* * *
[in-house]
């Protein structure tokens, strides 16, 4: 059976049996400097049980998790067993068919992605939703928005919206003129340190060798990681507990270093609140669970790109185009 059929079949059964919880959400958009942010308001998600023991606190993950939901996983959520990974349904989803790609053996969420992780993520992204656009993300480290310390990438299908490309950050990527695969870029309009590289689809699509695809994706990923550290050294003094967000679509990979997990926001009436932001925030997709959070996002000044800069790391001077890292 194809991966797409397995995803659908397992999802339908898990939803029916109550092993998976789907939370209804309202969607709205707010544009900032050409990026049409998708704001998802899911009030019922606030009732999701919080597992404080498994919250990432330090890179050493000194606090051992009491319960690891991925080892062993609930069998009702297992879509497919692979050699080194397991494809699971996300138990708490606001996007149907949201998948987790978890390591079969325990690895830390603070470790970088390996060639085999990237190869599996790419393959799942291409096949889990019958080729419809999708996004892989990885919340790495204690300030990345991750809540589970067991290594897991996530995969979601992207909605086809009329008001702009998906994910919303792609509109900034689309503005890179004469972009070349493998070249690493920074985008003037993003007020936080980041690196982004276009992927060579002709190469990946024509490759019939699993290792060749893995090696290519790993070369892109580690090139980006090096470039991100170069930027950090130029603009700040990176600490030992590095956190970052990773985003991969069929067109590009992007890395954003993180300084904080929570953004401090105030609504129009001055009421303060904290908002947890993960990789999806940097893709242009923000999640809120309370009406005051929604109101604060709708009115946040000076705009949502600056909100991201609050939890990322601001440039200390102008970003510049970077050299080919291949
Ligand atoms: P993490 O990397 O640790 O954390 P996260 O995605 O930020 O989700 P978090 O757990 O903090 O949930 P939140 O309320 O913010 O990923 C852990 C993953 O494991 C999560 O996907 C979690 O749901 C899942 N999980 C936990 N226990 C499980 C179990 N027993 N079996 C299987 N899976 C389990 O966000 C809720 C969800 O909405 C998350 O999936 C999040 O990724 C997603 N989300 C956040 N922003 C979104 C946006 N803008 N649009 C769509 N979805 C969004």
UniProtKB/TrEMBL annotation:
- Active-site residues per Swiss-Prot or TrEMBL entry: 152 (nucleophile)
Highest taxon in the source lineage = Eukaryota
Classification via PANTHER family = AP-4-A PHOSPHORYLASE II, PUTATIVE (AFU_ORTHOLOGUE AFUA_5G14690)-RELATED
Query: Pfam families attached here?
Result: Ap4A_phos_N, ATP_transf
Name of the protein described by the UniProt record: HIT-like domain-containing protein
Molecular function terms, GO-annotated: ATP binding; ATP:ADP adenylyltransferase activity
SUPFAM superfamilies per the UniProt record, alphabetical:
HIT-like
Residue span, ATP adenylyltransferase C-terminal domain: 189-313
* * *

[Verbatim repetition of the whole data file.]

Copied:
[in-house]
């Protein structure tokens, strides 16, 4: 059976049996400097049980998790067993068919992605939703928005919206003129340190060798990681507990270093609140669970790109185009 059929079949059964919880959400958009942010308001998600023991606190993950939901996983959520990974349904989803790609053996969420992780993520992204656009993300480290310390990438299908490309950050990527695969870029309009590289689809699509695809994706990923550290050294003094967000679509990979997990926001009436932001925030997709959070996002000044800069790391001077890292 194809991966797409397995995803659908397992999802339908898990939803029916109550092993998976789907939370209804309202969607709205707010544009900032050409990026049409998708704001998802899911009030019922606030009732999701919080597992404080498994919250990432330090890179050493000194606090051992009491319960690891991925080892062993609930069998009702297992879509497919692979050699080194397991494809699971996300138990708490606001996007149907949201998948987790978890390591079969325990690895830390603070470790970088390996060639085999990237190869599996790419393959799942291409096949889990019958080729419809999708996004892989990885919340790495204690300030990345991750809540589970067991290594897991996530995969979601992207909605086809009329008001702009998906994910919303792609509109900034689309503005890179004469972009070349493998070249690493920074985008003037993003007020936080980041690196982004276009992927060579002709190469990946024509490759019939699993290792060749893995090696290519790993070369892109580690090139980006090096470039991100170069930027950090130029603009700040990176600490030992590095956190970052990773985003991969069929067109590009992007890395954003993180300084904080929570953004401090105030609504129009001055009421303060904290908002947890993960990789999806940097893709242009923000999640809120309370009406005051929604109101604060709708009115946040000076705009949502600056909100991201609050939890990322601001440039200390102008970003510049970077050299080919291949
Ligand atoms: P993490 O990397 O640790 O954390 P996260 O995605 O930020 O989700 P978090 O757990 O903090 O949930 P939140 O309320 O913010 O990923 C852990 C993953 O494991 C999560 O996907 C979690 O749901 C899942 N999980 C936990 N226990 C499980 C179990 N027993 N079996 C299987 N899976 C389990 O966000 C809720 C969800 O909405 C998350 O999936 C999040 O990724 C997603 N989300 C956040 N922003 C979104 C946006 N803008 N649009 C769509 N979805 C969004």
UniProtKB/TrEMBL annotation:
- Active-site residues per Swiss-Prot or TrEMBL entry: 152 (nucleophile)
Highest taxon in the source lineage = Eukaryota
Classification via PANTHER family = AP-4-A PHOSPHORYLASE II, PUTATIVE (AFU_ORTHOLOGUE AFUA_5G14690)-RELATED
Query: Pfam families attached here?
Result: Ap4A_phos_N, ATP_transf
Name of the protein described by the UniProt record: HIT-like domain-containing protein
Molecular function terms, GO-annotated: ATP binding; ATP:ADP adenylyltransferase activity
SUPFAM superfamilies per the UniProt record, alphabetical:
HIT-like
Residue span, ATP adenylyltransferase C-terminal domain: 189-313